Doctor or Not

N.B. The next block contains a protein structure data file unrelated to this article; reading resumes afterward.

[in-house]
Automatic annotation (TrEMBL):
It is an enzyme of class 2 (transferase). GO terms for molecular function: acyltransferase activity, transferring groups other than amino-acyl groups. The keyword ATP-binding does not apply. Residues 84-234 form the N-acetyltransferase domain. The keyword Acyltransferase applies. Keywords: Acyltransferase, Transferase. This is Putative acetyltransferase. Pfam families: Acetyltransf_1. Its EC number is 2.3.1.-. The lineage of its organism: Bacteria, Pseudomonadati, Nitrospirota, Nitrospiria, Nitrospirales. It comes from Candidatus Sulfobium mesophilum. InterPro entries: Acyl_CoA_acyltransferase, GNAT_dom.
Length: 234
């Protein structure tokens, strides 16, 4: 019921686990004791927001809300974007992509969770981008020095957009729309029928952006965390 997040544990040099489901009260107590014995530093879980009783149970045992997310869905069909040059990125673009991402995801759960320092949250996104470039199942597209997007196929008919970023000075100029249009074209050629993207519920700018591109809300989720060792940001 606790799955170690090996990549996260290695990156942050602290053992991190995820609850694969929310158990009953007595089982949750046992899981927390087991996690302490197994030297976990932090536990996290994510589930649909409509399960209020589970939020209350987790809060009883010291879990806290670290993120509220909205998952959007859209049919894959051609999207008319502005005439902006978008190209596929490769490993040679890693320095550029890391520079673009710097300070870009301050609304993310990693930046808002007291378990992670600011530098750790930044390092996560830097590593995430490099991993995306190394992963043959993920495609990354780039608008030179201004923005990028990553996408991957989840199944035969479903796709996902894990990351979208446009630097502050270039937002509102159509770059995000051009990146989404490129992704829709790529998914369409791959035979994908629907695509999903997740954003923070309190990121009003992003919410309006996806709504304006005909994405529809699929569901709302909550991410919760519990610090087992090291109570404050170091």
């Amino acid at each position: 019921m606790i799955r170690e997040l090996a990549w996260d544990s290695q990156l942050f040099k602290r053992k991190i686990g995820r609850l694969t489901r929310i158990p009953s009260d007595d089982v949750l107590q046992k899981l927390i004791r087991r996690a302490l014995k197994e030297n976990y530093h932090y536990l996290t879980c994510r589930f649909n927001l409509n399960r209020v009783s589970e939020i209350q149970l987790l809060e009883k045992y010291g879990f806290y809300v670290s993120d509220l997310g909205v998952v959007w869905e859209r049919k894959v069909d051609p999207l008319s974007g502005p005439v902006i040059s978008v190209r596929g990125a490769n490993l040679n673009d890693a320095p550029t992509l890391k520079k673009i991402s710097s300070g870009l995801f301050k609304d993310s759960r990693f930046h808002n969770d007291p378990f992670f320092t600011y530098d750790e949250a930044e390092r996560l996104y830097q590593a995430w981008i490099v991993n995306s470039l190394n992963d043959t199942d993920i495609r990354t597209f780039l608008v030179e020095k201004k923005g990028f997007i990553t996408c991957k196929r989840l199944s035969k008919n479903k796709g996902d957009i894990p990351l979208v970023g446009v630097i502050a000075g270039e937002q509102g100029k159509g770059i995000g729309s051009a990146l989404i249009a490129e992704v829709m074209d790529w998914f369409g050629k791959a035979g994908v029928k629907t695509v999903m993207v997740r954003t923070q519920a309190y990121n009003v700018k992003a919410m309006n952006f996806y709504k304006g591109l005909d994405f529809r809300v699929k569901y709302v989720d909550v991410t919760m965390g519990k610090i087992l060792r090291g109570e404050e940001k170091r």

I had never noticed it before. I recently paid a visit to a medical doctor’s office. When he entered the exam room, he greeted me with, “Dr. Crawford! What’s up with you today?” Hmmm! A Dr. greeting another Dr. Several years ago, we spent a few days with a missionary family in another country. After hearing her parents refer to me numerous times as Dr. Dan, their little girl asked, “Are you really a doctor?” Embarrassed, the parents assured her that I was. To which she replied, “Well, I have this pain in my arm . . .” No, I’m not the kind of doctor that can do you any good with your physical ailments, other than praying for you. So, what’s all this talk about Dr. degrees and not wanting America’s future first-lady, Jill Biden to be called Dr. Biden, because she is not a medical doctor? If a person has participated in the seminars, written the papers, done the research, performed the project, written the dissertation or project report, paid their money, and successfully endured the oral exam, all with a fully accreted institution of higher learning, they have earned the right to use the title Dr. Personally, it matters little to me if you call me Dan, Bro. Dan, Dr. Dan, Bro. Crawford, Rev. Crawford, Dr. Crawford, Professor Crawford, Pastor Dan, Dad or Bawpaw (limited to grandkids). All of those titles were given, granted or earned, and I answer to all of them. Actually, as long as I’m “called” by God’s name (2 Chronicles 7:14), you can take your pick of the titles. Come to think of it, when God calls, no title is needed. To each his own, but if you’ve received a title, you can use it, regardless of the opinion of a few jealous journalists.